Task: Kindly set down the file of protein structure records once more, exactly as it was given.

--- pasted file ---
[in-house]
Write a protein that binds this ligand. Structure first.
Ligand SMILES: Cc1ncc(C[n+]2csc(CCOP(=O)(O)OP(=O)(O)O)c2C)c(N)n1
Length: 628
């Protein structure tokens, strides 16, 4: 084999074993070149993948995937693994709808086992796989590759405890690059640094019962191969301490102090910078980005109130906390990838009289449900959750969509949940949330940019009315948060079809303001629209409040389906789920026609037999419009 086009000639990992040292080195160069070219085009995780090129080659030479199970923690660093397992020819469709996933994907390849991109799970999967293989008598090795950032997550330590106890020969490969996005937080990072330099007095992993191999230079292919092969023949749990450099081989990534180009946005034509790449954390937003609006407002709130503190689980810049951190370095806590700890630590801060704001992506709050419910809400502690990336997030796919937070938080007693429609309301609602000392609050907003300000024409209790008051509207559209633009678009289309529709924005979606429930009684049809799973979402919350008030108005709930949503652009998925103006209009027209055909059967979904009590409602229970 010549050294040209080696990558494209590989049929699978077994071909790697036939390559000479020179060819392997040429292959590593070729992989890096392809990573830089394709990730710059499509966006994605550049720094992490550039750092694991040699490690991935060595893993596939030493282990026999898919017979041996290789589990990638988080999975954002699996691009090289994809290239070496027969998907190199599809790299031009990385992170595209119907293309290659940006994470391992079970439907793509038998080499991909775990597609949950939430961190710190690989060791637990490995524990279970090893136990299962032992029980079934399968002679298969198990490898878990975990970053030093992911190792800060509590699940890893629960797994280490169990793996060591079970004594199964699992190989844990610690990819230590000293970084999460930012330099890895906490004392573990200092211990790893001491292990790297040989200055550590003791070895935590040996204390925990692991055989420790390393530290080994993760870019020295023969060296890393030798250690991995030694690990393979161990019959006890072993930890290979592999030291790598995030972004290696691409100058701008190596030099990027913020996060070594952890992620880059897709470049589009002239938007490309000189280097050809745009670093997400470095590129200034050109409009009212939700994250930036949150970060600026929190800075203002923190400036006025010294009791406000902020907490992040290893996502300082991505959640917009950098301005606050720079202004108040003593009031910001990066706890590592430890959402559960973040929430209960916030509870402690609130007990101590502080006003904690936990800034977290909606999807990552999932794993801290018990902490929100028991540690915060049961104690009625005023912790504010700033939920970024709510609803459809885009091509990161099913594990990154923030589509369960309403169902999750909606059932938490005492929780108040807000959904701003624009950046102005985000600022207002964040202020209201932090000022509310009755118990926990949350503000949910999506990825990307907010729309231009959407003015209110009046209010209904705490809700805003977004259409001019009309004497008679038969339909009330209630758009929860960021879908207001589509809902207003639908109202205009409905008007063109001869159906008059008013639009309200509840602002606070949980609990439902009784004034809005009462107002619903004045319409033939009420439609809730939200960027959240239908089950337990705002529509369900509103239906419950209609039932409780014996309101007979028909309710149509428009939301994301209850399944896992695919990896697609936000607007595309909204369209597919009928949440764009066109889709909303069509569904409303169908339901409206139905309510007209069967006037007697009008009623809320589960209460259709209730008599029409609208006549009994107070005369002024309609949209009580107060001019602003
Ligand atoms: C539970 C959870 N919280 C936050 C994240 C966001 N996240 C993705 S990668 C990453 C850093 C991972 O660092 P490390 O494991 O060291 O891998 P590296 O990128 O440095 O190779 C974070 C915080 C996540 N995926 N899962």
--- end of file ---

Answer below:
[in-house]
Write a protein that binds this ligand. Structure first.
Ligand SMILES: Cc1ncc(C[n+]2csc(CCOP(=O)(O)OP(=O)(O)O)c2C)c(N)n1
Length: 628
């Protein structure tokens, strides 16, 4: 084999074993070149993948995937693994709808086992796989590759405890690059640094019962191969301490102090910078980005109130906390990838009289449900959750969509949940949330940019009315948060079809303001629209409040389906789920026609037999419009 086009000639990992040292080195160069070219085009995780090129080659030479199970923690660093397992020819469709996933994907390849991109799970999967293989008598090795950032997550330590106890020969490969996005937080990072330099007095992993191999230079292919092969023949749990450099081989990534180009946005034509790449954390937003609006407002709130503190689980810049951190370095806590700890630590801060704001992506709050419910809400502690990336997030796919937070938080007693429609309301609602000392609050907003300000024409209790008051509207559209633009678009289309529709924005979606429930009684049809799973979402919350008030108005709930949503652009998925103006209009027209055909059967979904009590409602229970 010549050294040209080696990558494209590989049929699978077994071909790697036939390559000479020179060819392997040429292959590593070729992989890096392809990573830089394709990730710059499509966006994605550049720094992490550039750092694991040699490690991935060595893993596939030493282990026999898919017979041996290789589990990638988080999975954002699996691009090289994809290239070496027969998907190199599809790299031009990385992170595209119907293309290659940006994470391992079970439907793509038998080499991909775990597609949950939430961190710190690989060791637990490995524990279970090893136990299962032992029980079934399968002679298969198990490898878990975990970053030093992911190792800060509590699940890893629960797994280490169990793996060591079970004594199964699992190989844990610690990819230590000293970084999460930012330099890895906490004392573990200092211990790893001491292990790297040989200055550590003791070895935590040996204390925990692991055989420790390393530290080994993760870019020295023969060296890393030798250690991995030694690990393979161990019959006890072993930890290979592999030291790598995030972004290696691409100058701008190596030099990027913020996060070594952890992620880059897709470049589009002239938007490309000189280097050809745009670093997400470095590129200034050109409009009212939700994250930036949150970060600026929190800075203002923190400036006025010294009791406000902020907490992040290893996502300082991505959640917009950098301005606050720079202004108040003593009031910001990066706890590592430890959402559960973040929430209960916030509870402690609130007990101590502080006003904690936990800034977290909606999807990552999932794993801290018990902490929100028991540690915060049961104690009625005023912790504010700033939920970024709510609803459809885009091509990161099913594990990154923030589509369960309403169902999750909606059932938490005492929780108040807000959904701003624009950046102005985000600022207002964040202020209201932090000022509310009755118990926990949350503000949910999506990825990307907010729309231009959407003015209110009046209010209904705490809700805003977004259409001019009309004497008679038969339909009330209630758009929860960021879908207001589509809902207003639908109202205009409905008007063109001869159906008059008013639009309200509840602002606070949980609990439902009784004034809005009462107002619903004045319409033939009420439609809730939200960027959240239908089950337990705002529509369900509103239906419950209609039932409780014996309101007979028909309710149509428009939301994301209850399944896992695919990896697609936000607007595309909204369209597919009928949440764009066109889709909303069509569904409303169908339901409206139905309510007209069967006037007697009008009623809320589960209460259709209730008599029409609208006549009994107070005369002024309609949209009580107060001019602003
Ligand atoms: C539970 C959870 N919280 C936050 C994240 C966001 N996240 C993705 S990668 C990453 C850093 C991972 O660092 P490390 O494991 O060291 O891998 P590296 O990128 O440095 O190779 C974070 C915080 C996540 N995926 N899962």